The al­bum’s cli­max is “Lonely World,” which per­fectly cap­tures Sum­ney’s idio­syn­cratic sound. It’s pref­aced by a spo­ken word in­ter­lude, “Sto­icism,” in which he re­counts telling his mom that he loved her as they drove in her old car­a­van, and she sim­ply replied “thank you.” Per­haps this ex­pe­ri­ence of fa­mil­ial love mim­ics ex­pe­ri­ences in ro­mance when there is not an equal give and take, where one party does not re­ceive ful­fill­ment or recog­ni­tion for the love and labour they pour in. Giv­ing more than you re­ceive, or giv­ing more than de­served, can be iso­lat­ing for the one lov­ing. “Lonely World” delves into th­ese feel­ings of iso­la­tion and lone­li­ness to an al­most dizzy­ing ex­tent. Af­ter the first quiet verse, the phrase “lonely world” is looped sev­eral times, each time adding more har­monies and in­stru­ments un­til it be­comes over­whelm­ing, just as lonely thoughts can be. “Af­ter all the laugh­ter, empti­ness pre­vails / Born into this world with no con­sent or choice / lonely, lonely, lonely, lonely, lonely, lonely,” Sum­ney ut­ters th­ese words in dif­fer­ent pitches but in the same tone of dread­ful long­ing. The song’s di­verse in­stru­men­ta­tion and heavy force brings the lis­tener to a pal­pa­ble point of con­fronta­tion. When does the lone­li­ness end? Does it?

“Make Out in My Car” pro­vides some sort of re­sponse, but not nec­es­sar­ily an an­swer. The song re­peats, “I’m not tryna go to bed with ya / I just wanna make out in my car.” Sum­ney looks not for ro­mance or even sex, but just some­thing that is not iso­lat­ing. He takes this a step fur­ther in “Doomed,” which he de­scribes as the al­bum’s the­sis state­ment. The song is haunt­ing, slow, and in­tro­spec­tive. Sum­ney seems to find some kind of sad re­solve af­ter re­peat­edly ask­ing: “Am I vi­tal / If my heart is idle? Am I doomed?” He later ex­pands on the ques­tion, won­der­ing, “If love­less­ness is god­less­ness, will you cast me to the way­side?” The depth of th­ese ques­tions digs be­yond self-worth, and they in­stead con­tem­plate where pur­pose lies if not at­tached to, set­tled in, or driven by pur­suit of love.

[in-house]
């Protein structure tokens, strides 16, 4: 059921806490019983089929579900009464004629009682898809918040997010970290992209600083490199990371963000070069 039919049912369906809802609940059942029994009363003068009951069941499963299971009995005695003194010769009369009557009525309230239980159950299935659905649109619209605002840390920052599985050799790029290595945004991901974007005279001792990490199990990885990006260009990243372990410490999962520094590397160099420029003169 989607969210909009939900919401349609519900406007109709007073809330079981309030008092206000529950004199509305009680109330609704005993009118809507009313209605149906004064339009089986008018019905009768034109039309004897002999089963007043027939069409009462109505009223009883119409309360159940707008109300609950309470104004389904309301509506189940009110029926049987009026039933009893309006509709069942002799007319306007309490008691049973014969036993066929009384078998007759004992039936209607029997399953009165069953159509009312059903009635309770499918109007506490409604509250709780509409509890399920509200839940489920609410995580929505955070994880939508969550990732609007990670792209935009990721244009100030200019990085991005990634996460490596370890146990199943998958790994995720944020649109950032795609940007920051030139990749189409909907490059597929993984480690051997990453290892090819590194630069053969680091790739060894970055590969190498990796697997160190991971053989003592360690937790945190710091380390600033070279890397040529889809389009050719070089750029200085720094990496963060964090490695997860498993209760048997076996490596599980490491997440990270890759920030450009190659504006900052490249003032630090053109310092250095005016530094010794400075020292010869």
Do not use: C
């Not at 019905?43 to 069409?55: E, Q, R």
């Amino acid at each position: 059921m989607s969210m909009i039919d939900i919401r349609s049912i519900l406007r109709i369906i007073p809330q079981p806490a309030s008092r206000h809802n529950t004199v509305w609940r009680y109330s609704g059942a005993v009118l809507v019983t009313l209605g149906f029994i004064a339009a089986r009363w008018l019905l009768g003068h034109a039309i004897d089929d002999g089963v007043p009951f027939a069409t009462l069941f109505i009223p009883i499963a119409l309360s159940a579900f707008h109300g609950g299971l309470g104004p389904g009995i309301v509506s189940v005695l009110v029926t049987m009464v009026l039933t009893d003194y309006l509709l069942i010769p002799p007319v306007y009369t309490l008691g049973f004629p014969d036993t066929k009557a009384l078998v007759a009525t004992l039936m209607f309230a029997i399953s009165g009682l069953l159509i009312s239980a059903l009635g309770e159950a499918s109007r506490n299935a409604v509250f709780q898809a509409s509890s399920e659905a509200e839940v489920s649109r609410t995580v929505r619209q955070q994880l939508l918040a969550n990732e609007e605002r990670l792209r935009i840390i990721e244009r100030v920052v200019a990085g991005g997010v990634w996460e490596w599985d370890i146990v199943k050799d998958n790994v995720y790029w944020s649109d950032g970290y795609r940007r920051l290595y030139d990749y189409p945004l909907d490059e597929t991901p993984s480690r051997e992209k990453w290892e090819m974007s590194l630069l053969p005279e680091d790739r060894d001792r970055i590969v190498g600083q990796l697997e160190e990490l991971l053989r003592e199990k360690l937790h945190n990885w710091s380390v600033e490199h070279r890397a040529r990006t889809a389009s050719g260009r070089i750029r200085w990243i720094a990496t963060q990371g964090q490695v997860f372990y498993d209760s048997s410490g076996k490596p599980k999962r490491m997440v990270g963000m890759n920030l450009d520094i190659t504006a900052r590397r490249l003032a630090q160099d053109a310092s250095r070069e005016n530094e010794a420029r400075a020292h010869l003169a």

“In­dulge Me” is the record’s fi­nal lyri­cal piece. It is slow and me­an­ders through all of the vul­ner­a­bil­i­ties, hurt, and melan­choly ex­plored pre­vi­ously on the record. “No­body trou­bles my body af­ter / All my old oth­ers have found lovers / In­dulge me / In­dulge me,” Sum­ney sings. It is hard to tell if he has an­swered his big ques­tions, but his pleas for another to in­dulge his lone­li­ness err to­wards an aus­tere melan­choly. He pol­ishes off the record with “Self- Help Tape,” which sounds lighter than the rest of the al­bum. A ca­coph­ony of an­gelic har­monies make sounds but not words, and as a pul­sat­ing swirl of gui­tar strums brings the har­monies to a close, Sum­ney whis­pers, “imag­ine be­ing free / imag­ine tast­ing free / imag­ine feel­ing free / imag­ine feel­ing.” It is hon­est. It shows the con­straints of be­ing a hu­man crav­ing love, and be­ing a per­son weighted by op­pres­sive struc­tures that claim ro­man­tic love to be a uni­ver­sal feel­ing.

In his es­say, Sum­ney notes that the “no­tyet dic­tio­nary def­i­ni­tion of ‘aro­man­tic’ is some­one who doesn’t ex­pe­ri­ence ro­man­tic love, or does to a di­min­ished, ab­nor­mal de­gree.” He ex­plores this con­cept with soul­ful words and so­phis­ti­cated sound. He ref­er­ences an in­abil­ity to feel in­vested in ro­man­tic love, but nev­er­the­less is able to ex­pe­ri­ence ro­man­tic thoughts and crave another. He desta­bi­lizes the no­tion that ro­man­tic love is in­her­ent in each of us, and in­stead pro­poses that we are con­di­tioned to love, though face bar­ri­ers to this con­di­tioned pur­suit of ro­mance. The al­bum “seeks to in­ter­ro­gate the idea that ro­mance is nor­ma­tive and nec­es­sary.” Seem­ingly still in search of an­swers, Sum­ney dis­tills ideas of his per­sonal iden­tity and his in­ter­ac­tions with the struc­tures of the world around him. He notes that th­ese struc­tures can be op­pres­sive and per­va­sive even in love, de­spite it feel­ing so per­sonal and sep­a­rate–but is it re­ally?

“Our mod­ern con­struct of ro­mance still up­holds this par­a­digm [that ev­ery­body has an equal and op­po­site body]; ro­man­tic love is the para­mount prize of ex­is­tence. But what if I can’t ac­cess that prize?” —Moses Sum­ney

“Lonely, lonely, lonely,” Sum­ney ut­ters th­ese words in dif­fer­ent pitches but in the same tone of dread­ful long­ing.

Im­age Courtesy of Jag­jaguwar Records